Kettler & Scott, a real estate development firm that recently gave up ownership of two giant planned communities in Loudoun and Fairfax counties to its lender, has pulled out of a deal to develop an 850-acre project in southern Prince George's County.

The project, called Marbury, was to include 1,375 single-family houses, 300,000 square feet of retail space, 150,000 square feet of office space and 440 units of senior citizen housing. According to Prince George's County officials, Kettler & Scott had signed a contract with Washington Gas Light Co. to buy the land from the gas company after rezoning approvals were received.

"Basically, we are packing it in and not going to do it," said Robert Kettler, who heads the development firm. He blamed the weak market for residential and commercial real estate, as well as the fact that the project had not received zoning approval before the contract's expiration date.

According to a Washington Gas Light spokeswoman, the contract between Kettler and Washington Gas expired Aug. 23.

While considering whether to proceed with the Prince George's County project, Kettler & Scott has been grappling with the heavy expense of providing the $100 million in improvements that it agreed to provide in Cascades, its showcase planned community along the Potomac River at the Loudoun-Fairfax border. Most of the road improvements are complete at Cascades, and sales of homes have been underway for several months. Kettler also is in the planning stages on Brambleton, a 3,000-acre community in Loudoun County.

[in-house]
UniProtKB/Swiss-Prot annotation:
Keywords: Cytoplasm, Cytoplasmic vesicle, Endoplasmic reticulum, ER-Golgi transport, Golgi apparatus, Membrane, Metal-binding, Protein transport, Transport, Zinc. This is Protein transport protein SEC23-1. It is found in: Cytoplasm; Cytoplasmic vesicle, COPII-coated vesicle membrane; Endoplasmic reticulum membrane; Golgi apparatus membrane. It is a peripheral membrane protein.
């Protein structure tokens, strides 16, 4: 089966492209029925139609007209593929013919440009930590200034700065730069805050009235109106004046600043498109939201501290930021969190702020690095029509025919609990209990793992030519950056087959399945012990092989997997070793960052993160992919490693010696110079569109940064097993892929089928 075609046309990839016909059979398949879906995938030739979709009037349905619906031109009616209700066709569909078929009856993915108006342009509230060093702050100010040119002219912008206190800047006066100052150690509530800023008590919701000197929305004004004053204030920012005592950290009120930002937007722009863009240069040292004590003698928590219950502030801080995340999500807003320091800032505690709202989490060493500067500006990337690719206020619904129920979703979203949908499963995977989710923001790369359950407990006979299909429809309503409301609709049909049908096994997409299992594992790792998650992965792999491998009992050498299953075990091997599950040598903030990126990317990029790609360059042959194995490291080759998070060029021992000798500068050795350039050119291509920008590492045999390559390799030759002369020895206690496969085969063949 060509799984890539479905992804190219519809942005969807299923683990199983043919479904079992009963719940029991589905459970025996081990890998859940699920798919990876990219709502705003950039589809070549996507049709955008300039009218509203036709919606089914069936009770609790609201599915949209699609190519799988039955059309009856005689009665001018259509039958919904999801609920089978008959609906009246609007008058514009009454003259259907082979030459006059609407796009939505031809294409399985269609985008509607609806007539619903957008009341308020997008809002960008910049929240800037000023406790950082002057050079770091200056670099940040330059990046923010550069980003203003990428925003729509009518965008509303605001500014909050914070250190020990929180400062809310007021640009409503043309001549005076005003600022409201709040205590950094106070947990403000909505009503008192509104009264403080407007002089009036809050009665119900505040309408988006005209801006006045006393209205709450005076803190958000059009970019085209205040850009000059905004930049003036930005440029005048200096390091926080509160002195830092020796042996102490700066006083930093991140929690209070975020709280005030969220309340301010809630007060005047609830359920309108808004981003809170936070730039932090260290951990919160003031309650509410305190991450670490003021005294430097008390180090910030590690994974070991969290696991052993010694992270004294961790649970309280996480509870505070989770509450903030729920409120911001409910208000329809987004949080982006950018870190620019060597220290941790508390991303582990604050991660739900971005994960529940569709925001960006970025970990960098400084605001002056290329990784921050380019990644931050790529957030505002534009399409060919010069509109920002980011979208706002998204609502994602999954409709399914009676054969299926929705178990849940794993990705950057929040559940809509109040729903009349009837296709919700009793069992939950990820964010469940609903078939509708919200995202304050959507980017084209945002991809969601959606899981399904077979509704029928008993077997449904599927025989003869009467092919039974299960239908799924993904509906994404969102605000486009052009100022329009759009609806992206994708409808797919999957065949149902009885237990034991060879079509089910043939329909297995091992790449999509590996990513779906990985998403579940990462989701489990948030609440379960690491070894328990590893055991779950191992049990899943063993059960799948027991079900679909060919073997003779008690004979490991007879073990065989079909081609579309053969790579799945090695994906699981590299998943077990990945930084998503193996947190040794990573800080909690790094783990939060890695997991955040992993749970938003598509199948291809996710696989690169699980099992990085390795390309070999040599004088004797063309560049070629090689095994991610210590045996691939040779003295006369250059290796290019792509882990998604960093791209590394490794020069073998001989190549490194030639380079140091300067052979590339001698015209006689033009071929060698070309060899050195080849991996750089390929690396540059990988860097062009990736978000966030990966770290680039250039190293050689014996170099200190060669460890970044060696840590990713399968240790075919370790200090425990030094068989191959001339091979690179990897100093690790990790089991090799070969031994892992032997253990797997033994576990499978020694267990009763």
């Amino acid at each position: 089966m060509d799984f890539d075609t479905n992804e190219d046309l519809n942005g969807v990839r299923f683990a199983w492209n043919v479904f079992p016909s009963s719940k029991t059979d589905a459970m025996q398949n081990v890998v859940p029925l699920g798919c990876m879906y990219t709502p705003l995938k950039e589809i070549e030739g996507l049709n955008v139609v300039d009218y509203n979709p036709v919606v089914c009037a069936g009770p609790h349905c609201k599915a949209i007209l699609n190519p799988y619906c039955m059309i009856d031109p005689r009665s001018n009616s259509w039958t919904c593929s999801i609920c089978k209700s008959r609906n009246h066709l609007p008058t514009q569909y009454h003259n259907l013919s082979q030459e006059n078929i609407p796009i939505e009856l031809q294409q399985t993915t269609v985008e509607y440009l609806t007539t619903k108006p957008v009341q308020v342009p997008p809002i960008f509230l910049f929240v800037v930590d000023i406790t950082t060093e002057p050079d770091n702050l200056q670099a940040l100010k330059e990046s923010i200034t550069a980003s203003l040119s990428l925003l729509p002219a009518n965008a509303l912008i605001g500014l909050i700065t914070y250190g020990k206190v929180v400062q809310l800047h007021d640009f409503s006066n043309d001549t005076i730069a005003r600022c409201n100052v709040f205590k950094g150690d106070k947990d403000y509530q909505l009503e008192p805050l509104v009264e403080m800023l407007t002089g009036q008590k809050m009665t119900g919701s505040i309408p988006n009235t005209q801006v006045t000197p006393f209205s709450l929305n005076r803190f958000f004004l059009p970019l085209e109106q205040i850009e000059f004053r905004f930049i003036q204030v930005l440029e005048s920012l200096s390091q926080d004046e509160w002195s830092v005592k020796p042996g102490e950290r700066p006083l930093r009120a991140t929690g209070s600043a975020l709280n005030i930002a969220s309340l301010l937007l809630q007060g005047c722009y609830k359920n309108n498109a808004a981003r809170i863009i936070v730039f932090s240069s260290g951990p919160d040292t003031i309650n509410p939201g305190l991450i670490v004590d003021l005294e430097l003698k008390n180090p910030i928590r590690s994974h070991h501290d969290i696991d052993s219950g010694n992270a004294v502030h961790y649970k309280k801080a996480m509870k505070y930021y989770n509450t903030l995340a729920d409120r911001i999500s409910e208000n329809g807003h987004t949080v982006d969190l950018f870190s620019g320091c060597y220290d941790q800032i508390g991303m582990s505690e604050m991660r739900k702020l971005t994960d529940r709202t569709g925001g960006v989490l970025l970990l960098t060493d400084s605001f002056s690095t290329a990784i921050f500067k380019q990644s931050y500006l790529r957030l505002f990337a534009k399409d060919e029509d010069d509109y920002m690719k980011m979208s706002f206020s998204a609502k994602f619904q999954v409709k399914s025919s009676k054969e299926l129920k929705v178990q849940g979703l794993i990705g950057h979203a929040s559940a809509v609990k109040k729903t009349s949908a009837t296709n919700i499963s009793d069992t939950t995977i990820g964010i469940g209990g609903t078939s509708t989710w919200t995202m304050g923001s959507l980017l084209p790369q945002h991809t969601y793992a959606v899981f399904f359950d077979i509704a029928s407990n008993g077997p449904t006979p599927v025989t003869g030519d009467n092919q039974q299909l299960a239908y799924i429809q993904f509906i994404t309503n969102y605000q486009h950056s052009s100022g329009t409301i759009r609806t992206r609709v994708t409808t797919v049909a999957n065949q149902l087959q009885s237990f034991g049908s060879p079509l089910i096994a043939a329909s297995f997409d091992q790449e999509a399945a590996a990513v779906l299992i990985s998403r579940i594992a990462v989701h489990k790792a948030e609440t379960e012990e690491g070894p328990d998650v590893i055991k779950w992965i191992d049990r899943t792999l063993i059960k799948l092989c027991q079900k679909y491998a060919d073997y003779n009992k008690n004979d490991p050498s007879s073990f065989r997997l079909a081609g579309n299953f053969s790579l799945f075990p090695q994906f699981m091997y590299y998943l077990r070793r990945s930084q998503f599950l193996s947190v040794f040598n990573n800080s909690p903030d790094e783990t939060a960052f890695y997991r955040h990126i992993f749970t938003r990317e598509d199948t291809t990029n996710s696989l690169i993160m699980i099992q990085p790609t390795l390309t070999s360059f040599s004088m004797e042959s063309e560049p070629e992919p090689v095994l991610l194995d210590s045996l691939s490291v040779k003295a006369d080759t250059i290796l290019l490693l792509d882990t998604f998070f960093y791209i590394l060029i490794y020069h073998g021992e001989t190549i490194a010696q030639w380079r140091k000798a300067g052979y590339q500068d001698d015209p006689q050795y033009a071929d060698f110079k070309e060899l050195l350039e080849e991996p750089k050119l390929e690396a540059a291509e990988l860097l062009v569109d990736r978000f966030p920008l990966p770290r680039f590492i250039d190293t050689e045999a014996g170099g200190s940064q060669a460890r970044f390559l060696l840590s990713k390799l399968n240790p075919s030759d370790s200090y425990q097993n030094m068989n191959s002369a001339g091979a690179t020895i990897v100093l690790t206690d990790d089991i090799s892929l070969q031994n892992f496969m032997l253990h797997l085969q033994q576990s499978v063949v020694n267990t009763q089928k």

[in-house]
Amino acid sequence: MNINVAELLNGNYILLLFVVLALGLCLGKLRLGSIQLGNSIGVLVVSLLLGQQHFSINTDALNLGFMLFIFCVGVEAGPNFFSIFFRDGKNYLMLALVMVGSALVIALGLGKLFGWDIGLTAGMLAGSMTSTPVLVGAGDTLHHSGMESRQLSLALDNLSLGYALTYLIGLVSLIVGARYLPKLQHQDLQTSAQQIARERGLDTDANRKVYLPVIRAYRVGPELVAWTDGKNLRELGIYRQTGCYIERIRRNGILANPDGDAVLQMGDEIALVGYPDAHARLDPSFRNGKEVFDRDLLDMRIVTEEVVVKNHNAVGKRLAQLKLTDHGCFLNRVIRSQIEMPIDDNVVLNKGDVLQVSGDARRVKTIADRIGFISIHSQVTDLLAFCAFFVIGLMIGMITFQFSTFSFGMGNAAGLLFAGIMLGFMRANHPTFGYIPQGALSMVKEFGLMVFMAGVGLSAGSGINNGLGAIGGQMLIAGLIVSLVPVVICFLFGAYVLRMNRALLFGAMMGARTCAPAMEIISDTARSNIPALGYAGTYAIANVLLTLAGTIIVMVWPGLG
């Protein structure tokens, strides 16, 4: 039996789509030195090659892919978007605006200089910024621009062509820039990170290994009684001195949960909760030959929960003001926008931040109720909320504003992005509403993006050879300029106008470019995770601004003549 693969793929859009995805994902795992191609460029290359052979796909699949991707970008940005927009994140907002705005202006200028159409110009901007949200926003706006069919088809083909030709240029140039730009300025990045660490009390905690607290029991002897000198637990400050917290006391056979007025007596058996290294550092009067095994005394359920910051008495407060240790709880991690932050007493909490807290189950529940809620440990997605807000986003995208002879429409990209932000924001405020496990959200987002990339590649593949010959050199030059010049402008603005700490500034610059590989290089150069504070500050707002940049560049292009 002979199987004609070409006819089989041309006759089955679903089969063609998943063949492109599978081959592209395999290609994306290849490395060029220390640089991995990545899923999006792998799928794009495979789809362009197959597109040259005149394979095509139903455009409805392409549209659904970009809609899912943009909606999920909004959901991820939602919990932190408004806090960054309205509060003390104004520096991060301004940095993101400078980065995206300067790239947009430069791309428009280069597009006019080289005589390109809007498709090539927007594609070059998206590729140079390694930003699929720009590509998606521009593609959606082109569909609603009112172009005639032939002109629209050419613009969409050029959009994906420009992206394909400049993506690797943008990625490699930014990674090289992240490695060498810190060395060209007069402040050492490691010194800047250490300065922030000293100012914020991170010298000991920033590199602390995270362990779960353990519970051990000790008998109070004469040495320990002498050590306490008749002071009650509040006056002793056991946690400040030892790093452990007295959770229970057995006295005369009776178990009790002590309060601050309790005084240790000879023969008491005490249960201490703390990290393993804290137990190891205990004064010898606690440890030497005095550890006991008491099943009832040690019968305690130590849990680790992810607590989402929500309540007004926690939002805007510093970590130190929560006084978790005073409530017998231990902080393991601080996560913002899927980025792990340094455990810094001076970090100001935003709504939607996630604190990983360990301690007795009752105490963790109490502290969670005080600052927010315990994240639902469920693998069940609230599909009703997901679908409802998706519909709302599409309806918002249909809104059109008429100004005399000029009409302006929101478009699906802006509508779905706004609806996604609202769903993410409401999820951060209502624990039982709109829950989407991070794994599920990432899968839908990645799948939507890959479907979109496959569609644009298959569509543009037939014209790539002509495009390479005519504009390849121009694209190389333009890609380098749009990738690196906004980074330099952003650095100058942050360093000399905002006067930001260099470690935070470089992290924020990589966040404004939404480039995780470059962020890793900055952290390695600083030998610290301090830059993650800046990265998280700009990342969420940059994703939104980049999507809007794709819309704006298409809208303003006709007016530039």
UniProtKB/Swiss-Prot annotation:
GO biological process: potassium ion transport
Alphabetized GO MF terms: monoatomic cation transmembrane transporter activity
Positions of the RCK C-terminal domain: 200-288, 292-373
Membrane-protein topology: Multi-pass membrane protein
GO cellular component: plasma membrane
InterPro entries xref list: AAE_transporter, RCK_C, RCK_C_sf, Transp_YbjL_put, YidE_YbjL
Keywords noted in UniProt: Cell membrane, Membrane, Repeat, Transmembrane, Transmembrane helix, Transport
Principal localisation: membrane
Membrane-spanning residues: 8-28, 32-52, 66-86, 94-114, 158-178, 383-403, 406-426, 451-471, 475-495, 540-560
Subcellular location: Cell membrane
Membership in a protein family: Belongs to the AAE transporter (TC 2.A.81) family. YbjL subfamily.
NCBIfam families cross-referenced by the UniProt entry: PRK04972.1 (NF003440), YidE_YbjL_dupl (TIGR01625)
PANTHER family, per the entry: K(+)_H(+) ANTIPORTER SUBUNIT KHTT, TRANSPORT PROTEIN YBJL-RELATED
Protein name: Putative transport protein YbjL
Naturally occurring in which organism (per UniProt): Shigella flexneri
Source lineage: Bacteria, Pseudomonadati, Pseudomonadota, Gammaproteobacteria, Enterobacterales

While Kettler is expected to be paid a fee for his role at Cascades and Brambleton, his firm was forced to give up ownership of the projects to several corporations headed by officials of its lender, Chevy Chase Federal Savings Bank, after Kettler was unable to make required interest payments.

The Marbury development in the Prince George's project received approval from the county Planning Board last year, but the zoning hearing examiner recently recommended denying approval for the project. It had been scheduled to go before the County Council early next year. Kettler & Scott had agreed to provide almost $20 million in road improvements to the surrounding area, according to county officials, including building an interchange that was expected to cost more than $12 million.

But in recent months, the Prince George's County real estate market, which had been holding up relatively well in comparison to higher-priced parts of the Washington area, has weakened.

Kettler & Scott's pullout came as a surprise to Washington Gas. According to Prince George's County officials, as recently as last week Washington Gas had called the county, seeking information about whether Kettler & Scott had pulled out. A Washington Gas spokeswoman said yesterday that Washington Gas plans to go ahead with the project and is looking for a new partner.

Kettler said the company had lost "a few dollars" on the project because it had purchased the right to buy some land that it has since decided not to buy.